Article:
On Friday, R. Kelly’s apparent new album hit streaming services. Only, its origins are mysterious.
Anyone browsing the singer’s discography on Spotify and Apple Music today may have briefly come across an evidently new collection of music released today (9 December), titled ‘I Admit’. Except, he’s currently serving a 30-year prison sentence after being found guilty of sex trafficking in September 2021.
With no way of releasing music from behind bars, representatives of Sony Music - the company that owns the rights to the majority of his tracks - highlighted that the album found its way to the platform in an unofficial way.
The record label confirmed to Variety that the release was a ‘bootleg’ despite the copyright line on the album reading ‘Legacy Recordings’, which is a catalogue division looked after by Sony Music.
A representative of the entertainment company confirmed to the outlet that the release was not legitimate, but was unable to provide further details on how it appeared on the sites.
This afternoon, the album was removed from Spotify and Apple Music, with a representative of Sony Music adding: “This content has been removed from the platform at the request of the distributor.”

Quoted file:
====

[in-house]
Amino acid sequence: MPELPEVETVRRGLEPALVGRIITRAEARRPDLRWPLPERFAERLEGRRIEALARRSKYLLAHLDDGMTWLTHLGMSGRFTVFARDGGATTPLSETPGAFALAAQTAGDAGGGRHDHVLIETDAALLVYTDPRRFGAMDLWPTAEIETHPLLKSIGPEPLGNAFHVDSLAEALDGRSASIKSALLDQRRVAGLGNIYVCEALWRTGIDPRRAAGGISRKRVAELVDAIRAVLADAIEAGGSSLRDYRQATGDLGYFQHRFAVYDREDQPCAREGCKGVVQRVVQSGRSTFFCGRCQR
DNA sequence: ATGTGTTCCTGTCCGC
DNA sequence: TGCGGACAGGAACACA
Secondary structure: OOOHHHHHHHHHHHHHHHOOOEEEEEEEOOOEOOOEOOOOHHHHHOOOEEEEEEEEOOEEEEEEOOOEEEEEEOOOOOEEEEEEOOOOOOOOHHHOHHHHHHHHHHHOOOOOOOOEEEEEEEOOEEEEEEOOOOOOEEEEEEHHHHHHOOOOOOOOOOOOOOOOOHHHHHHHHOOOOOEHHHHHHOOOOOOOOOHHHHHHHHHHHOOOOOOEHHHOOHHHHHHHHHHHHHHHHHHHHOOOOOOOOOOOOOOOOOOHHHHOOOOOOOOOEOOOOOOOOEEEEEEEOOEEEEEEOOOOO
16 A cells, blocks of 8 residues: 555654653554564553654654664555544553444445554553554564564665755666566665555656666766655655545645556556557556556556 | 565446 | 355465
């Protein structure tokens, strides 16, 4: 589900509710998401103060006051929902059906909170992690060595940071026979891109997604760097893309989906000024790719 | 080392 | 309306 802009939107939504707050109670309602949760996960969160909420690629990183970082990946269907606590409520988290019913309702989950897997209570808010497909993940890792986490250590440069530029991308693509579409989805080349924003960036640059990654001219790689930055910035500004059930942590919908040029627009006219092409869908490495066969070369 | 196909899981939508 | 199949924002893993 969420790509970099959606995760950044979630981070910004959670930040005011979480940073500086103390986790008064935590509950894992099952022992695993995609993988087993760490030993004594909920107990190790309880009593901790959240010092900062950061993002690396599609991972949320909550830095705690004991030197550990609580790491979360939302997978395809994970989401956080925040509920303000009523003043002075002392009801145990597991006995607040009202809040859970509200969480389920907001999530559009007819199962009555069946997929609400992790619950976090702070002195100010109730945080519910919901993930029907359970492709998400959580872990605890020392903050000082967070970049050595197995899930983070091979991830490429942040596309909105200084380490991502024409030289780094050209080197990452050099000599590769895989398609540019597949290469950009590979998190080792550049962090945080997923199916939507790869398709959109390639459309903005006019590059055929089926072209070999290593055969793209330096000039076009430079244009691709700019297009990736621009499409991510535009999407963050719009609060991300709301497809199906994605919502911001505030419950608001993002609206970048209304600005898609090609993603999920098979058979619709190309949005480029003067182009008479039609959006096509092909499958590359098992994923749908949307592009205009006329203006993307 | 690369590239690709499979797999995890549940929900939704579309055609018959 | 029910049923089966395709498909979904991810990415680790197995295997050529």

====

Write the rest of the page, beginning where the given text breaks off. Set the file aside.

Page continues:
Meanwhile, a legal representative of Kelly, Jennifer Bonjean, told the publication that the singer is dealing with ‘having intellectual property stolen from him.’
Wtf R kelly dropping new music??? 💀💀 pic.twitter.com/c1hKmYoOZf— keep6ixsolid (@keep6ixsolid) December 9, 2022
Kelly was found guilty of all nine counts against him, including racketeering, the sexual exploitation of children, forced labour and Mann Act violations involving the coercion and transportation of women and girls in interstate commerce to engage in illegal sexual activity.
At the time, Kelly pleaded not guilty to all charges against him but did not take the stand in the high-profile court case.
But a jury of seven men and five women found him guilty of racketeering in a verdict announced Monday.
Several accusers testified in lurid detail during the trial, alleging that Kelly subjected them to perverse and sadistic whims when they were underage.
For years, the public and news media seemed to be more amused than horrified by allegations of inappropriate relationships with minors, starting with Kelly’s illegal marriage to the R&B phenom Aaliyah in 1994 when she was just 15.
His records and concert tickets kept selling. Other artists continued to record his songs, even after he was arrested in 2002 and accused of making a recording of himself sexually abusing a 14-year-old girl.
At the trial, several of Kelly’s accusers testified without using their real names to protect their privacy and prevent possible harassment by the singer’s fans.
If you have been affected by any of the issues in this article and wish to speak to someone in confidence, contact The Survivor’s Trust for free on 08088 010 818, or through their website thesurvivorstrust.org